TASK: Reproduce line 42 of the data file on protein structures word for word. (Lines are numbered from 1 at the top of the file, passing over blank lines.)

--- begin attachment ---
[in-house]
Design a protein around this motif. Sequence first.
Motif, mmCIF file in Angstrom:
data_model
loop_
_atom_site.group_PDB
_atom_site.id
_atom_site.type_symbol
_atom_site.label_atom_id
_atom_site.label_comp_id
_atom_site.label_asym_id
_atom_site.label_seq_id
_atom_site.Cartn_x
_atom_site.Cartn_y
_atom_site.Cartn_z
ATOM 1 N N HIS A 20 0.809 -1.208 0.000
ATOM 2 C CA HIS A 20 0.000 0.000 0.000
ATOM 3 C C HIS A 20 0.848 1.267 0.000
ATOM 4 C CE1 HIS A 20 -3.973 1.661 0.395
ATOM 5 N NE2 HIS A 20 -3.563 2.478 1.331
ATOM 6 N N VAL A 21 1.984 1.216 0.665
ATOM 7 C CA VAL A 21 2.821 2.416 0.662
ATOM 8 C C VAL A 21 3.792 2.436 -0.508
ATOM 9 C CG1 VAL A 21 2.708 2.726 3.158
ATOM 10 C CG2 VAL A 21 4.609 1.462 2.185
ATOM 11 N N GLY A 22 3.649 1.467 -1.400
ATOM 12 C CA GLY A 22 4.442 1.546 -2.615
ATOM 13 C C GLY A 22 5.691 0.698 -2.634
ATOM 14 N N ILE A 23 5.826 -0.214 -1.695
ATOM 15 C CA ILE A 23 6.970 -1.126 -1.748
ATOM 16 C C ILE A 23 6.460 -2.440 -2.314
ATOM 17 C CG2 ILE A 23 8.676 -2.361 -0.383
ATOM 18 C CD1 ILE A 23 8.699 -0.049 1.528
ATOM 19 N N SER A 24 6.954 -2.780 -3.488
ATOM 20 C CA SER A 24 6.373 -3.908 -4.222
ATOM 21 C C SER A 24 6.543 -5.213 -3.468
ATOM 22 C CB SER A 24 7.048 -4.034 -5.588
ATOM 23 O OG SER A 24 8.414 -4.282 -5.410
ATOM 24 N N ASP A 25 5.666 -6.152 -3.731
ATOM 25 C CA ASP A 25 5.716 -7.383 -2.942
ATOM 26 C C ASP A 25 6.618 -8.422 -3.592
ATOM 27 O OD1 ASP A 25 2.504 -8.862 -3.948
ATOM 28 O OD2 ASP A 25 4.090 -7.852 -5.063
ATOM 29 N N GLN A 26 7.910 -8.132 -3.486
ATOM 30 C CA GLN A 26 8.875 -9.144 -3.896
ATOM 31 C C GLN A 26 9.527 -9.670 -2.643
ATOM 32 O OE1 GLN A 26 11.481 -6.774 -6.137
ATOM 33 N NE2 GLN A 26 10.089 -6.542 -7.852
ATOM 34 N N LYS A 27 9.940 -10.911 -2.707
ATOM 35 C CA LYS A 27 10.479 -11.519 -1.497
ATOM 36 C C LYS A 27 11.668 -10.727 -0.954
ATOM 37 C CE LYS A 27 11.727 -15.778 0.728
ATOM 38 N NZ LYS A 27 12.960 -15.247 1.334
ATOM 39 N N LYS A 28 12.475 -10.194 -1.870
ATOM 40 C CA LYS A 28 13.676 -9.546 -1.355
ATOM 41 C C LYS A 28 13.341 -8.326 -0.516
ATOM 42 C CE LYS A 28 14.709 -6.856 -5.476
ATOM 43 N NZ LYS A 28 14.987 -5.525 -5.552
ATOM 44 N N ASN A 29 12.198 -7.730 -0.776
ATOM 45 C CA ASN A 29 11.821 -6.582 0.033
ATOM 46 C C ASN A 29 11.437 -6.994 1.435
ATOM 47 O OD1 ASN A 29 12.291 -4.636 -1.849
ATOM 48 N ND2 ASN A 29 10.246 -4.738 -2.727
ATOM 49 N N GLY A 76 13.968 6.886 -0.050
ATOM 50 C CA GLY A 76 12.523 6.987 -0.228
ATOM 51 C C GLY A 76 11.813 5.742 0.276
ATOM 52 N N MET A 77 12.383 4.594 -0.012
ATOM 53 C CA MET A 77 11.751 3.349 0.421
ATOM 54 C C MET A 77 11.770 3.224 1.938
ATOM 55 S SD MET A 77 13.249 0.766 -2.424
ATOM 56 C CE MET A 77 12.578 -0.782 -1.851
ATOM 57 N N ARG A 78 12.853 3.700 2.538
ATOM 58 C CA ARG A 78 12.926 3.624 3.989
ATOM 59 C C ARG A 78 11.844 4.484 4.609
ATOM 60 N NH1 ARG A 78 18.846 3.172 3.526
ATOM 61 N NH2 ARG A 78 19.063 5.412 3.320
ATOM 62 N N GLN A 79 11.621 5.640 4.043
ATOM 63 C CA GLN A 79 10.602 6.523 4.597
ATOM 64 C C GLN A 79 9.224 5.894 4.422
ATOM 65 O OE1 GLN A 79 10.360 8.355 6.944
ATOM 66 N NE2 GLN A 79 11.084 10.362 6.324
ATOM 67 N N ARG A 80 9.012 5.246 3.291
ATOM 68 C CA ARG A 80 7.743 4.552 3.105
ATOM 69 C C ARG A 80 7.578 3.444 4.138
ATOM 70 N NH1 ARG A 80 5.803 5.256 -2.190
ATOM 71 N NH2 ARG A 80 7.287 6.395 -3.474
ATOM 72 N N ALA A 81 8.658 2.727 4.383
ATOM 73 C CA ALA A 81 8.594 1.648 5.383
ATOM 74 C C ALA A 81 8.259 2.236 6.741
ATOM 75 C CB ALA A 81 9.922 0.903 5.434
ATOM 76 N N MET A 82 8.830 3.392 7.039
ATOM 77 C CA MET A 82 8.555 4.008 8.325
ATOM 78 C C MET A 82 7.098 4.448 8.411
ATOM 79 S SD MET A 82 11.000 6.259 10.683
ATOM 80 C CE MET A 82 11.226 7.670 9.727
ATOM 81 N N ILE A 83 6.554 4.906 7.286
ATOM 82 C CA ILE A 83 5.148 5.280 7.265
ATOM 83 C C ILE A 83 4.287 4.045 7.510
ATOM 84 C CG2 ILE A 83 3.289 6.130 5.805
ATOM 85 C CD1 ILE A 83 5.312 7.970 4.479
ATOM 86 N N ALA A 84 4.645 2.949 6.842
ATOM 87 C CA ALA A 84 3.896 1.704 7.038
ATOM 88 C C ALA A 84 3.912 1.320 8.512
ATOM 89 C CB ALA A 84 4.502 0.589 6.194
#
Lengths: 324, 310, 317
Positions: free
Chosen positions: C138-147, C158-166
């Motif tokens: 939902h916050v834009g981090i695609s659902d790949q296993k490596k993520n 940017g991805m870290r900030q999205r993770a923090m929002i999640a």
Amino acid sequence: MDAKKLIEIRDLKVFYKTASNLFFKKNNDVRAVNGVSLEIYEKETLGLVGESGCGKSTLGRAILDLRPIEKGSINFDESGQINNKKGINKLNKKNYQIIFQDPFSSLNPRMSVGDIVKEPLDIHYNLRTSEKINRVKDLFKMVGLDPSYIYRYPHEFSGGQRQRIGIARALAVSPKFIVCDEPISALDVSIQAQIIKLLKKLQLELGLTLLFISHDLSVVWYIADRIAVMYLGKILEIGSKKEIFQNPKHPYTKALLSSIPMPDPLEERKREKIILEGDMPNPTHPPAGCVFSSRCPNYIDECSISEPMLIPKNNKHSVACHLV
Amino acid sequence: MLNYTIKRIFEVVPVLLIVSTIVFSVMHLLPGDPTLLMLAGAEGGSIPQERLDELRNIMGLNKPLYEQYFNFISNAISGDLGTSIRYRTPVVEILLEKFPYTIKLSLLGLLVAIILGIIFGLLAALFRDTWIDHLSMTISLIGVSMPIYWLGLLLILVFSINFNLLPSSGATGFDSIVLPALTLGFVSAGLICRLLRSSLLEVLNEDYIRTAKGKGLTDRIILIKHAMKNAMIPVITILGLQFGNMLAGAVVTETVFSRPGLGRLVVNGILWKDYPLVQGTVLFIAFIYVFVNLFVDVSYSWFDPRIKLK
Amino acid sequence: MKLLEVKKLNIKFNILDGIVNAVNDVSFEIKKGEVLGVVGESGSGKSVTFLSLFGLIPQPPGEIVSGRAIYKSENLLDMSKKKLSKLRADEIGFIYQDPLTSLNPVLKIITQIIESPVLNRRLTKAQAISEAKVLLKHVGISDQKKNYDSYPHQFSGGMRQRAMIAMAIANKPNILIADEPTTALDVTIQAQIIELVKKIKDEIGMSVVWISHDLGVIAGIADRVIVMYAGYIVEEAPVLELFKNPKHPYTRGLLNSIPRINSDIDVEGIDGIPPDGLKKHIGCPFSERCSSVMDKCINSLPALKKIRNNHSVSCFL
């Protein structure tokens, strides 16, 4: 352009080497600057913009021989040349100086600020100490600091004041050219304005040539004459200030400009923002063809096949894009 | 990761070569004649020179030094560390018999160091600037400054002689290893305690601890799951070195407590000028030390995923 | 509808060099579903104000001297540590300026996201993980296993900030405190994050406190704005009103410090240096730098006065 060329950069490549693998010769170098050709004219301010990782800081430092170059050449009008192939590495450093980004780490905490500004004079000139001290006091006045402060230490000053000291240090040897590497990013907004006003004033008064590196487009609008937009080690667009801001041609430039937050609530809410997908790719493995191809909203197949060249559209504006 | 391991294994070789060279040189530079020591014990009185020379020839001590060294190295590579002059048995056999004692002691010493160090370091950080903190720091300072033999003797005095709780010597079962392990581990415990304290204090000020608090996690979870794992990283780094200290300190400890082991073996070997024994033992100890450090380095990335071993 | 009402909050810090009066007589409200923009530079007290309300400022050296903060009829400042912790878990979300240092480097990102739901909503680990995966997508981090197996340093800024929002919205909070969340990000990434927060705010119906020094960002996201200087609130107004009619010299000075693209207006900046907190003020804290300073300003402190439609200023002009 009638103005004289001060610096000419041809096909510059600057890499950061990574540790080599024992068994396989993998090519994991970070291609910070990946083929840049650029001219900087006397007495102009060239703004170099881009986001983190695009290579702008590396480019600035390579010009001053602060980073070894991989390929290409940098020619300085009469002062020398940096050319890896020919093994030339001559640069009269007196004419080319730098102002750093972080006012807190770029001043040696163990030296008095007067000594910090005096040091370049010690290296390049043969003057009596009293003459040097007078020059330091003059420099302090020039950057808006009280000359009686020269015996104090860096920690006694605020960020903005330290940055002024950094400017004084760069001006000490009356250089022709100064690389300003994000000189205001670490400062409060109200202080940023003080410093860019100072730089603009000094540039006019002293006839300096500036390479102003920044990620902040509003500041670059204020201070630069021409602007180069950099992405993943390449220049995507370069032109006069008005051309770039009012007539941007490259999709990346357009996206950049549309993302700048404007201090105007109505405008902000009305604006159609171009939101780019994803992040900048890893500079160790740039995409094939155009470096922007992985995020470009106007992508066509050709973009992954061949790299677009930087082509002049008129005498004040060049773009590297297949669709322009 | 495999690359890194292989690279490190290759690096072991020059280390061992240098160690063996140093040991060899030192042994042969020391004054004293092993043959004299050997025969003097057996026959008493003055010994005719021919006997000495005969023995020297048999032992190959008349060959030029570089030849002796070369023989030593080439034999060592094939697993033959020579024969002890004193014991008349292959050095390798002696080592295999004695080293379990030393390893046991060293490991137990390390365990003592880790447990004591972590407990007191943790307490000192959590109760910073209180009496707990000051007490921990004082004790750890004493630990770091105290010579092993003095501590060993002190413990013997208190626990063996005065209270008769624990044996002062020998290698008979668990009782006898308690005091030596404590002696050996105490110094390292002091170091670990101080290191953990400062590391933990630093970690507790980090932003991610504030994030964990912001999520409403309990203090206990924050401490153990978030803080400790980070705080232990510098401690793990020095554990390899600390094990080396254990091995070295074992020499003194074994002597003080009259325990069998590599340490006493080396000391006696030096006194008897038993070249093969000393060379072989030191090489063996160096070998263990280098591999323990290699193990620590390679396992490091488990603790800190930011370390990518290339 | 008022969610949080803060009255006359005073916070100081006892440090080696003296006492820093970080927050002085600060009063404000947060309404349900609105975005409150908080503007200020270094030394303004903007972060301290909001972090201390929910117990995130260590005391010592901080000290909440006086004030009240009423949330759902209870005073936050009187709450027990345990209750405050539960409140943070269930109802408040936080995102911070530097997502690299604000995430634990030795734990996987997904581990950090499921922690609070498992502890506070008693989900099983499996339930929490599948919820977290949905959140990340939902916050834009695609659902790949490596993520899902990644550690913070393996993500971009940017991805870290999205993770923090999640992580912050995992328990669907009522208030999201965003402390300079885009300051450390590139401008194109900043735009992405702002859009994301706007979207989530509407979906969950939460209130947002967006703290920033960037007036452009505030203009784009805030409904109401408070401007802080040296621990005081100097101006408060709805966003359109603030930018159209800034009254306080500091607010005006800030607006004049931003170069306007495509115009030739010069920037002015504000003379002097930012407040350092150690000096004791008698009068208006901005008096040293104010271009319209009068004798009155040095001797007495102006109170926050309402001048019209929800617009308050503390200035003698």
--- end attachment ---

ATOM 27 O OD1 ASP A 25 2.504 -8.862 -3.948